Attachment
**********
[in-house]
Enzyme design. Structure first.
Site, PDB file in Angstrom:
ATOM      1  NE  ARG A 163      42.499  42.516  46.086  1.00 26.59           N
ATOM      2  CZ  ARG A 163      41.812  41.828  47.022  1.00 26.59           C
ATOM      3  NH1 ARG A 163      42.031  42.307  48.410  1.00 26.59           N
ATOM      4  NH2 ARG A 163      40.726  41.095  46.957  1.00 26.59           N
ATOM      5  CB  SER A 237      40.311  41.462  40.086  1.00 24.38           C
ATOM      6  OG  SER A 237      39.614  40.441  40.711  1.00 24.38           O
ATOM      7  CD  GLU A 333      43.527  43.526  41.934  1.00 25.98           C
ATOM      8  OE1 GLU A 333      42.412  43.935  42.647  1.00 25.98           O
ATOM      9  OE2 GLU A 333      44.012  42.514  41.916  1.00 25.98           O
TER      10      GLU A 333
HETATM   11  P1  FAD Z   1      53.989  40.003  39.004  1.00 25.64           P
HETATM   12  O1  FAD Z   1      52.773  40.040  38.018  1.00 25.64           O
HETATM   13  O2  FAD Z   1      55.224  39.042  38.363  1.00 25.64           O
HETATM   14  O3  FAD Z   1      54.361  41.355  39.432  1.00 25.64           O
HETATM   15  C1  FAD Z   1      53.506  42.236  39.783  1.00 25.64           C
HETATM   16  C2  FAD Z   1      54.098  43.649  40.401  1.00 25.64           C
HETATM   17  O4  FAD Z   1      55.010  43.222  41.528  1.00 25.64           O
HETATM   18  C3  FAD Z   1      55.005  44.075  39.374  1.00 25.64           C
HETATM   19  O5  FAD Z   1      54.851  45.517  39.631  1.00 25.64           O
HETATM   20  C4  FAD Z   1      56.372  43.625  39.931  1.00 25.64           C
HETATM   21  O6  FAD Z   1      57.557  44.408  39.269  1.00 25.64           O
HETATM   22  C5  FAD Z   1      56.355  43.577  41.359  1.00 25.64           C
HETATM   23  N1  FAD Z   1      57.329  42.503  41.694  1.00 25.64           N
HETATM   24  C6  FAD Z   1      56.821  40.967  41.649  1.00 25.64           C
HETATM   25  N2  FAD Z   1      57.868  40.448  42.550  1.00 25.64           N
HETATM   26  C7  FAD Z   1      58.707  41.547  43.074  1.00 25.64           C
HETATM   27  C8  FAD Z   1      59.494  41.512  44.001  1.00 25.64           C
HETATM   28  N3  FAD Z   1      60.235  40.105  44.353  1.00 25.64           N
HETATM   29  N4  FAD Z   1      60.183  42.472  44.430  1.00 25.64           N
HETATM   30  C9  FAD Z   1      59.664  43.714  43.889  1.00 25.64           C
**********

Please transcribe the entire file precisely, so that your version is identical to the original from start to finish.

[in-house]
Enzyme design. Structure first.
Site, PDB file in Angstrom:
ATOM      1  NE  ARG A 163      42.499  42.516  46.086  1.00 26.59           N
ATOM      2  CZ  ARG A 163      41.812  41.828  47.022  1.00 26.59           C
ATOM      3  NH1 ARG A 163      42.031  42.307  48.410  1.00 26.59           N
ATOM      4  NH2 ARG A 163      40.726  41.095  46.957  1.00 26.59           N
ATOM      5  CB  SER A 237      40.311  41.462  40.086  1.00 24.38           C
ATOM      6  OG  SER A 237      39.614  40.441  40.711  1.00 24.38           O
ATOM      7  CD  GLU A 333      43.527  43.526  41.934  1.00 25.98           C
ATOM      8  OE1 GLU A 333      42.412  43.935  42.647  1.00 25.98           O
ATOM      9  OE2 GLU A 333      44.012  42.514  41.916  1.00 25.98           O
TER      10      GLU A 333
HETATM   11  P1  FAD Z   1      53.989  40.003  39.004  1.00 25.64           P
HETATM   12  O1  FAD Z   1      52.773  40.040  38.018  1.00 25.64           O
HETATM   13  O2  FAD Z   1      55.224  39.042  38.363  1.00 25.64           O
HETATM   14  O3  FAD Z   1      54.361  41.355  39.432  1.00 25.64           O
HETATM   15  C1  FAD Z   1      53.506  42.236  39.783  1.00 25.64           C
HETATM   16  C2  FAD Z   1      54.098  43.649  40.401  1.00 25.64           C
HETATM   17  O4  FAD Z   1      55.010  43.222  41.528  1.00 25.64           O
HETATM   18  C3  FAD Z   1      55.005  44.075  39.374  1.00 25.64           C
HETATM   19  O5  FAD Z   1      54.851  45.517  39.631  1.00 25.64           O
HETATM   20  C4  FAD Z   1      56.372  43.625  39.931  1.00 25.64           C
HETATM   21  O6  FAD Z   1      57.557  44.408  39.269  1.00 25.64           O
HETATM   22  C5  FAD Z   1      56.355  43.577  41.359  1.00 25.64           C
HETATM   23  N1  FAD Z   1      57.329  42.503  41.694  1.00 25.64           N
HETATM   24  C6  FAD Z   1      56.821  40.967  41.649  1.00 25.64           C
HETATM   25  N2  FAD Z   1      57.868  40.448  42.550  1.00 25.64           N
HETATM   26  C7  FAD Z   1      58.707  41.547  43.074  1.00 25.64           C
HETATM   27  C8  FAD Z   1      59.494  41.512  44.001  1.00 25.64           C
HETATM   28  N3  FAD Z   1      60.235  40.105  44.353  1.00 25.64           N
HETATM   29  N4  FAD Z   1      60.183  42.472  44.430  1.00 25.64           N
HETATM   30  C9  FAD Z   1      59.664  43.714  43.889  1.00 25.64           C